In the novel THE COLOR PURPLE by Alice Walker, a character writes letters to a friend named God, but she is also writing to the strength within herself. I’ve heard it referred to as your inner GPS. In my blog I sometimes describe it as the voice of your soul.
You might think of it as your Higher Self.
It is a creative force that is constantly driving us toward wholeness. We ignore it – or allow other voices to override it — at our peril. To deny it is to deny your true nature, and also to alienate yourself from the love of self that enables you to receive love from others.
The deep Yes is an innately creative act. I believe that the way to reconnect with it, and to free your inner voice, is through creative expression. There is a saying: Show me who you love, and I’ll show you who you are. But I also believe: We are what we make.
In my case, it was my writing and blogging that led me back to myself. My writing reminds me who I am – and who I want to be.
A couple of years ago, I wrote a piece for Marie Claire magazine. I told a story – my story – in which I was no longer the Hermione to someone else’s Harry Potter.
Before the piece came out, I was terrified. I sent my editor an email at 3 am asking her if I could take it back. (She said no.)
But when the issue came out, I learned something else: when you move into your own deep yes, you inspire other people to move into theirs.
The emails, comments and responses I got were telling. What they told me was this: women want to play a bigger game. Women want permission to pursue dreams and goals and greatness of our own. And when I say permission I mean a story that supports us, a story that manifests in the kind of social, economic and political structures that make female greatness possible. You shouldn’t have to feel like you might sacrifice some or all of your womanhood. You shouldn’t have to feel like you’ll get massacred for admitting, out loud, that you have some greatness in you. You just need the time and space and energy to bring it out (– and someone else can get the snacks).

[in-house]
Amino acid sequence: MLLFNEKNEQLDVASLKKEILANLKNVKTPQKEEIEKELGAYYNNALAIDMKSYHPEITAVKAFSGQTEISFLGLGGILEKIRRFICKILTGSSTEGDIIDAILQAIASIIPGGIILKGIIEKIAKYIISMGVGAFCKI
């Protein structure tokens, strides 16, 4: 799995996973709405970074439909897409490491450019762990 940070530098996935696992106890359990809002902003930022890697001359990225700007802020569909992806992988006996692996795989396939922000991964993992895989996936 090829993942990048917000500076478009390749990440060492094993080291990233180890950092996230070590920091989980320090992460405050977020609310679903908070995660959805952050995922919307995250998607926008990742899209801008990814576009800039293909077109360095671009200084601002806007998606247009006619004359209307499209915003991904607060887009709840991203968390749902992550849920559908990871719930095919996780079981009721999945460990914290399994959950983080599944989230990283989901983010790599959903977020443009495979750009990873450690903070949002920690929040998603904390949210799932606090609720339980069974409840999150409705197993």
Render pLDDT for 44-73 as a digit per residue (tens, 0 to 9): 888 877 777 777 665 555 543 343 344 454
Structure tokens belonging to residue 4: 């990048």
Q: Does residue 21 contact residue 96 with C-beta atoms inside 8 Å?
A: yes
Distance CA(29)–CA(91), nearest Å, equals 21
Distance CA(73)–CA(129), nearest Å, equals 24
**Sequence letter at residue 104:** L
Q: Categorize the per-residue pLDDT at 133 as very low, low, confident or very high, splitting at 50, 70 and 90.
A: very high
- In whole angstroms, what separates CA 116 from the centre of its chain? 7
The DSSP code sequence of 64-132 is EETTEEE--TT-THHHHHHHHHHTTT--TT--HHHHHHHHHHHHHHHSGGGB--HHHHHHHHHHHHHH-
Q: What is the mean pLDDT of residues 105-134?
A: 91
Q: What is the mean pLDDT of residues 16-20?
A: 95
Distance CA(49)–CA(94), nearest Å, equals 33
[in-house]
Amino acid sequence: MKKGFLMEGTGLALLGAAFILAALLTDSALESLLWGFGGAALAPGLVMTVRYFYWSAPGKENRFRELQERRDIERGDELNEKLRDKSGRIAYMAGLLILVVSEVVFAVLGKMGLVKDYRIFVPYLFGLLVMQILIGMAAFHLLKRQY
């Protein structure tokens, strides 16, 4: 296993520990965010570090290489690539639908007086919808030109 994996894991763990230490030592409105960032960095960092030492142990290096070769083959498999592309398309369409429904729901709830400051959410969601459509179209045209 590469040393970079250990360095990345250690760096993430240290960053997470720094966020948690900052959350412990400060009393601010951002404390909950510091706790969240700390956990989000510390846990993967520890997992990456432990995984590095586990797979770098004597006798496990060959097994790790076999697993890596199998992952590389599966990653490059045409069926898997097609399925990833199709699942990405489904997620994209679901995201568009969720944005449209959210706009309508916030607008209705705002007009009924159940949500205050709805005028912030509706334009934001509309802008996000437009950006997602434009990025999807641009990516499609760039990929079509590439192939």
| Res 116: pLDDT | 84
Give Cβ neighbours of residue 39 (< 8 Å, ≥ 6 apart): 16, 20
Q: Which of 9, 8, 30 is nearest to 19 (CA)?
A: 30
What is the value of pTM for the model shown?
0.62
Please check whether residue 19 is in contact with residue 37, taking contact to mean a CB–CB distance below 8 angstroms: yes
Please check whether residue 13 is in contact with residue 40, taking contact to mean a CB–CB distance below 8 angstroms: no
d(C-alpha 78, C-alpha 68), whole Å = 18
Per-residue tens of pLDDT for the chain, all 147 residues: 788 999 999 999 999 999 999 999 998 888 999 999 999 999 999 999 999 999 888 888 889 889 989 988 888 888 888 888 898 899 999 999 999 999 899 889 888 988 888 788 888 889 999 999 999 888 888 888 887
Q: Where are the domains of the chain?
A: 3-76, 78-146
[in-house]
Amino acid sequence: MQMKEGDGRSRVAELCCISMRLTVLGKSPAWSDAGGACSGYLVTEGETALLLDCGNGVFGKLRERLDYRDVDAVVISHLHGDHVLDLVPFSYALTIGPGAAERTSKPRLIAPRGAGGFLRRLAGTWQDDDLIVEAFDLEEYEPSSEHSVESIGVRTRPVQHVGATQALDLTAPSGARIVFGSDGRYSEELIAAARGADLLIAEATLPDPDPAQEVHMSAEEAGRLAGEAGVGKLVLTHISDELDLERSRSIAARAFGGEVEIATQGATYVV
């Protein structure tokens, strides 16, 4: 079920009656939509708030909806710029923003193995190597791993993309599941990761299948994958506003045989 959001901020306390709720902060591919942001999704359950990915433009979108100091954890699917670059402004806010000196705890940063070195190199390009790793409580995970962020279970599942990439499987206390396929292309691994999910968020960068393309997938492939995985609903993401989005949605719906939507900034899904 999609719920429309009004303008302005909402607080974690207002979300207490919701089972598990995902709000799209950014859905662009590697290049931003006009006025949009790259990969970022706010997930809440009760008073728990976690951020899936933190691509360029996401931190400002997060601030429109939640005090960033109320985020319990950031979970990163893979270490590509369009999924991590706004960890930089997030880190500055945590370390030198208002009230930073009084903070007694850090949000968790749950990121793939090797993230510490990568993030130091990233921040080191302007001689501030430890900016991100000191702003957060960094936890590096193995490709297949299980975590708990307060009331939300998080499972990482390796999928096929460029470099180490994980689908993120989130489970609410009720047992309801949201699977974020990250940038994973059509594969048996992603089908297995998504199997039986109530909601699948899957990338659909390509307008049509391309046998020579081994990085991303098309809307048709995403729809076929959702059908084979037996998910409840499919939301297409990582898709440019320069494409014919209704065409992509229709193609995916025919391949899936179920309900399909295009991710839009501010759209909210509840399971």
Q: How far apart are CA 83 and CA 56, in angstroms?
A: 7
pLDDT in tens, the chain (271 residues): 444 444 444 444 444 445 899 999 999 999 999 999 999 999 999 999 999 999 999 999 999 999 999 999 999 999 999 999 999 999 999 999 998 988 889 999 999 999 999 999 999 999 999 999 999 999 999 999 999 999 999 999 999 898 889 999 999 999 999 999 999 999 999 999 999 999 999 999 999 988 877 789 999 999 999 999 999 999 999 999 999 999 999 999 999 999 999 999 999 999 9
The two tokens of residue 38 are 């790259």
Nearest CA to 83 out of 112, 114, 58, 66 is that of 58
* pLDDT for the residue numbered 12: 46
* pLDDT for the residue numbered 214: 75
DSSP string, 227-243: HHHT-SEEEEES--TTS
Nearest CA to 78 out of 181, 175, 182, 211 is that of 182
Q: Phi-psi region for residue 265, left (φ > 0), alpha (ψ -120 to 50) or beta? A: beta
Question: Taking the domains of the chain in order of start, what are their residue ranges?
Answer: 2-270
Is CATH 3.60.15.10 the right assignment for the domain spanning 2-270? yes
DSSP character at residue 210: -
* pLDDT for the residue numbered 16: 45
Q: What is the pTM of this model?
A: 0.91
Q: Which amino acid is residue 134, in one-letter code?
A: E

Women want, I think, a grand and inspiring call to adventure that points the way to a bigger, deeper life, even if it’s still unclear – in the year 2013! – what that kind of badass womanly life is supposed to look like.
But the call to action is there. It is waiting. We only have to get very quiet – on a day to day basis — and listen to the voice that lives within. We have to trust it enough to act on it. This is, of course, much easier said than done. But it can be done.
The last thing I would like to leave you with is this:
When we have only ourselves to find the way, make the way or lead the way —
We need to trust the deep Yes, so that we can trust ourselves.
We need to trust the deep Yes, so that we can trust each other.